- Is our increasing lack of physical touch becoming a national health problem?
- New research that shows a link between holding hands and pain relief
- Loneliness can have a big impact on your health
My parents still hold hands.
They always have.
I used to find this a bit sickening when I was in my teens and early 20s… when thought I was too cool for that stuff.
“Uuuuuurrrrggggh, give it a rest!” I’d say.
I was an annoying little tyke.
But now I’m older (not necessarily wiser) I’m in admiration of people who show their affection for each other after many years.
Having gone through the process of having kids myself… and a dog… and mortgage…. I’m surprised older couples aren’t all throttling each other instead.
What’s more, I’d encourage this ‘soppy’ behaviour… even if you’re single and it means holding hands with a dear friend, a sister, brother, your child or grandchild.
Because evidence is beginning to show that this kind of touch is essential for human wellbeing… and can help reduce pain.
A new link between holding hands and pain relief
Last week, a new study at the University of Colorado Boulder and University of Haifa, was published in the Proceedings of the National Academy of Sciences (PNAS).
It showed that when you hold the hand of a loved one, your breathing and heart rate synchronize with theirs…. as do your brain wave patterns.
Think of it as a natural, instinctive mirroring of the other person.
It actually happens a lot in human society.
For instance, do you ever notice that when you’re speaking closely with another person, you sometimes assume the same posture…? For instance, you’re both cross-legged, you’re both sitting bolt upright, or you both have your hands to your chin.
Well, this process of empathy happens internally too…
And this has a positive effect on your brain’s reception of pain.
You see, the more you get ‘in synch’ with a trusted love one, the more your sensations of pain fade away.
Lead author of the new study, Pavel Goldstein, said that this “illustrates the power and importance of human touch.”
He admitted that they need to carry out more studies, but he thinks it might be that ‘empathetic touch’ can stimulate pain-killing reward mechanisms in your brain.
It also takes away the intense focus on yourself, almost as if you melt into that other person… feel something other than just your own sensations and worries.
This is something I’ve touch upon before in the People’s Doctor…. that loneliness and isolation can be the root of many of our health problems, particularly our sensation of pain.
Why a lack of physical touch could be a national health problem
Way back when people moved around far less, it used to be that we had family GPs who understood us and knew us personally, maybe even socially.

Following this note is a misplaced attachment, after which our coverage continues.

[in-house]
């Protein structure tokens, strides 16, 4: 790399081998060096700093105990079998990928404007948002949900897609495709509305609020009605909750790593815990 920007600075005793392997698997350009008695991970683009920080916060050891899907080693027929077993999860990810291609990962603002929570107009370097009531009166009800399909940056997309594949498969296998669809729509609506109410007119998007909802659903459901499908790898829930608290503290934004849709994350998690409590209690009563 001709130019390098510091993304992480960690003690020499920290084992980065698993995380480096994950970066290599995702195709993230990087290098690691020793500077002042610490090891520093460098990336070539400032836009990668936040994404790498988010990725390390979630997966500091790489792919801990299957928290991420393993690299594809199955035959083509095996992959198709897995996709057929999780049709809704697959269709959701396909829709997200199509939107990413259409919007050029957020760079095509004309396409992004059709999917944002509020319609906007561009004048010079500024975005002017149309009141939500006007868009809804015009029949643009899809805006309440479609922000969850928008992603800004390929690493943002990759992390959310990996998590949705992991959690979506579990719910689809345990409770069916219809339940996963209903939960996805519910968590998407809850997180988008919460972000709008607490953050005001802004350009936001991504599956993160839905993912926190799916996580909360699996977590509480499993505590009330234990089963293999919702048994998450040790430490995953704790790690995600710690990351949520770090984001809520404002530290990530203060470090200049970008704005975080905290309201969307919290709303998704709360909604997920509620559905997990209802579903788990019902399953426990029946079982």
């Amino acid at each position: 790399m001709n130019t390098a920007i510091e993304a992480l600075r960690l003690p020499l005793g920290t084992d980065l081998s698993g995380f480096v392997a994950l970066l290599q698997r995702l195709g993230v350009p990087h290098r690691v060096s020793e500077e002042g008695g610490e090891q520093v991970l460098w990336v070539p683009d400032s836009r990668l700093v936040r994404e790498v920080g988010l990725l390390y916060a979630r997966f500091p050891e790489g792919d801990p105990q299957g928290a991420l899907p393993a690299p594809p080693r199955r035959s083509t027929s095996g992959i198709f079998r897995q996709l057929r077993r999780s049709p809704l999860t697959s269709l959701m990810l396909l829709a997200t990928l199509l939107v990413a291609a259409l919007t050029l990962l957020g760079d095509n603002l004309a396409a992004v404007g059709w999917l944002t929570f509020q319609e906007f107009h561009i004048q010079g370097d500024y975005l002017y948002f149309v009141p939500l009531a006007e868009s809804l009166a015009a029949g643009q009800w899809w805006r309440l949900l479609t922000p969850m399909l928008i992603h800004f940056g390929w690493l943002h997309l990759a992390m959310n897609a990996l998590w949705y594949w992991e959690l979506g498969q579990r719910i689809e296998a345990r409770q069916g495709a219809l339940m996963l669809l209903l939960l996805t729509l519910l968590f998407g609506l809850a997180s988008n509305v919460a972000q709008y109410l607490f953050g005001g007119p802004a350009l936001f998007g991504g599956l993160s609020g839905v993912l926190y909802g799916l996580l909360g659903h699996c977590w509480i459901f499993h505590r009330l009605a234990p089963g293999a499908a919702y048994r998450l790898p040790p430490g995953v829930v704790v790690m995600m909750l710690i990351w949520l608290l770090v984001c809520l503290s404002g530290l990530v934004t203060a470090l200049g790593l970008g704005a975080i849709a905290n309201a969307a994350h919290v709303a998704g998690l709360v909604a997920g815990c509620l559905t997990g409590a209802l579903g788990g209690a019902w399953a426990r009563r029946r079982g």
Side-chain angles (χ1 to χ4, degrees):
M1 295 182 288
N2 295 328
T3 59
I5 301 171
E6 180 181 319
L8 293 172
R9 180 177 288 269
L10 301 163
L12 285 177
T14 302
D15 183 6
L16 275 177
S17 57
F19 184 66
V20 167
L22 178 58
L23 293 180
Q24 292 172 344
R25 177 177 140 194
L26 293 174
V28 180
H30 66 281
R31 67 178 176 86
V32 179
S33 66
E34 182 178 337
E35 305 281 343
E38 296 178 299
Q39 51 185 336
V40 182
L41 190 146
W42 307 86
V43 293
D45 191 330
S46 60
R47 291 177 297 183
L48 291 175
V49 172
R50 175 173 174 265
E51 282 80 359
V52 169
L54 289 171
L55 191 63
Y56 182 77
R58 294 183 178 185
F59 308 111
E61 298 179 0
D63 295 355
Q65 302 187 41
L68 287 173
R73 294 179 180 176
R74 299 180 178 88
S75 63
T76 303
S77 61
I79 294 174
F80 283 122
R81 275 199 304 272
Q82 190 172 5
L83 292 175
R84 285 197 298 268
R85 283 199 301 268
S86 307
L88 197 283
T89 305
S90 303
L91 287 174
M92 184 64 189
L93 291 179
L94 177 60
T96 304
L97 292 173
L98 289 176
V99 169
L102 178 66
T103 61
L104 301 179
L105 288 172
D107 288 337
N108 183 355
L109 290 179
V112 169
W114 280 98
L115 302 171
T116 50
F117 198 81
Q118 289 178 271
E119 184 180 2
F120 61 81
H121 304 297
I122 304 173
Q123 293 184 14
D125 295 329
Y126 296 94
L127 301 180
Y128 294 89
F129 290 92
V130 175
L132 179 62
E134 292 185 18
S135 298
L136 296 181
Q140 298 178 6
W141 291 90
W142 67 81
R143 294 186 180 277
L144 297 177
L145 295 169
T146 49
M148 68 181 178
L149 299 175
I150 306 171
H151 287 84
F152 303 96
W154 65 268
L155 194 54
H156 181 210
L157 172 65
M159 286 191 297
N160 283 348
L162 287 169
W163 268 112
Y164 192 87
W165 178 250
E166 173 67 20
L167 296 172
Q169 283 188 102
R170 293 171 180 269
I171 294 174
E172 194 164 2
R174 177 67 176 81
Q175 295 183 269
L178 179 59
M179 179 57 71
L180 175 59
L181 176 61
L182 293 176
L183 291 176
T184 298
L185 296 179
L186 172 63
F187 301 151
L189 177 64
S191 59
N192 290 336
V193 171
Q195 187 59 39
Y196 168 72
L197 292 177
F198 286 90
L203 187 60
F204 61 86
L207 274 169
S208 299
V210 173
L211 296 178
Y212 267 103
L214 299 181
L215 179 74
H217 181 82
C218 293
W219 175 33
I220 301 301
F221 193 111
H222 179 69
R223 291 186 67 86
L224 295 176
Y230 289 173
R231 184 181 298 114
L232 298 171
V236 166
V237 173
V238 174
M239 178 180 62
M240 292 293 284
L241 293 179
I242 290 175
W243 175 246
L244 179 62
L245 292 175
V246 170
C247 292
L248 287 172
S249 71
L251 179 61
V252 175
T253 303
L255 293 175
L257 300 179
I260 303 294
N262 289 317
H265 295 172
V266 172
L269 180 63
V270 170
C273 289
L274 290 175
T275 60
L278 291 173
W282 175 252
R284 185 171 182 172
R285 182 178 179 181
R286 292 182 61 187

They would sometimes hold a patient’s hand or hug them in consolation. And as the new study shows, this can have a good effect on wellbeing, empathy and pain.
But only last month, British doctors were warned against comforting patients physically in case of legal action.
Look at wider society too…
We used to exist, physically, in much tighter social groups who would meet regularly in person… before telephones, the internet and smartphones…. before pubs became so expensive… before churchgoing and other social meet-ups became rarer.
It means that there’s a big danger of isolation in today’s society, where we’re losing our touch – literally.
Only on Wednesday 7th Match, there was an article in the Guardian with the headline:
‘No hugging: are we living through a crisis of touch?’
The article, by Paula Cocozza, said:
“Strokes and hugs are being edged out of our lives, with doctors, teachers and colleagues increasingly hesitant about social touching. Is this hypervigilance of boundaries beginning to harm our mental health?”
It also quotes Tiffany Field from the Touch Research Institute at Miami Medical School. She has looked into the effects of stroking the skin and points to these benefits:
• Slows down heart rate
• Reduces blood pressure
• Slows the release of cortisol
• Gives you better control over your stress hormones.
• Boosts the immune system.
• Increased serotonin, your body’s natural antidepressant
• Promotes deeper sleep
I mean… wow… imagine if I told you of a new drug, or a superfood, that did all those things.
And yet this is just compassionate, loving touch.
So I don’t mean to get all soppy, but hugging, holding hands and getting closer to your loved ones really can dramatically boost your health and wellbeing.
It’s not just self-improvement waffle and hype – it’s backed up by science. And it also makes sense. We have evolved as social creatures and the urge to touch is primal. Repressing it isn’t likely to do us good.
If you’re interested in this topic, check out this issue of The People’s Doctor, that shows a link between loneliness and high blood pressure, heart disease, strokes and inflammation.
That’s it from me today – enjoy your weekend!